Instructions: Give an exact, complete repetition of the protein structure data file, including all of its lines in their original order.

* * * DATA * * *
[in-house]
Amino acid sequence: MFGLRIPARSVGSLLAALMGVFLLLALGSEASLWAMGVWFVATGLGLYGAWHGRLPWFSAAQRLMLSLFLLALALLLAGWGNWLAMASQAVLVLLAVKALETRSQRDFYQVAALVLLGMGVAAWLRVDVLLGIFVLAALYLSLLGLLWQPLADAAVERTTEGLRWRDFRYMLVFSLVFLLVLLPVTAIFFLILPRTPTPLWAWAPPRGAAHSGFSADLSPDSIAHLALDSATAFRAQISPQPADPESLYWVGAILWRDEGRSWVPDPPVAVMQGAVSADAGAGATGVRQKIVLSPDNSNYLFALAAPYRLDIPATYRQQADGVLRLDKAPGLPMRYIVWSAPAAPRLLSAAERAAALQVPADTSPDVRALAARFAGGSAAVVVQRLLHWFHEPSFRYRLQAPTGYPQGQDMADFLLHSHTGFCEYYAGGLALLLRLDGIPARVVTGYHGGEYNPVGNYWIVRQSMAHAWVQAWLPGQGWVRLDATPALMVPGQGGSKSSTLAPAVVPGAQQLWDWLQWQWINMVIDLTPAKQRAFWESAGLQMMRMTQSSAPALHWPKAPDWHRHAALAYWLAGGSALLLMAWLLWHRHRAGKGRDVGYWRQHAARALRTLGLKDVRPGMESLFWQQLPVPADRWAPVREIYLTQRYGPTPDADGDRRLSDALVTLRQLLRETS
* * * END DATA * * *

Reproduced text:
[in-house]
Amino acid sequence: MFGLRIPARSVGSLLAALMGVFLLLALGSEASLWAMGVWFVATGLGLYGAWHGRLPWFSAAQRLMLSLFLLALALLLAGWGNWLAMASQAVLVLLAVKALETRSQRDFYQVAALVLLGMGVAAWLRVDVLLGIFVLAALYLSLLGLLWQPLADAAVERTTEGLRWRDFRYMLVFSLVFLLVLLPVTAIFFLILPRTPTPLWAWAPPRGAAHSGFSADLSPDSIAHLALDSATAFRAQISPQPADPESLYWVGAILWRDEGRSWVPDPPVAVMQGAVSADAGAGATGVRQKIVLSPDNSNYLFALAAPYRLDIPATYRQQADGVLRLDKAPGLPMRYIVWSAPAAPRLLSAAERAAALQVPADTSPDVRALAARFAGGSAAVVVQRLLHWFHEPSFRYRLQAPTGYPQGQDMADFLLHSHTGFCEYYAGGLALLLRLDGIPARVVTGYHGGEYNPVGNYWIVRQSMAHAWVQAWLPGQGWVRLDATPALMVPGQGGSKSSTLAPAVVPGAQQLWDWLQWQWINMVIDLTPAKQRAFWESAGLQMMRMTQSSAPALHWPKAPDWHRHAALAYWLAGGSALLLMAWLLWHRHRAGKGRDVGYWRQHAARALRTLGLKDVRPGMESLFWQQLPVPADRWAPVREIYLTQRYGPTPDADGDRRLSDALVTLRQLLRETS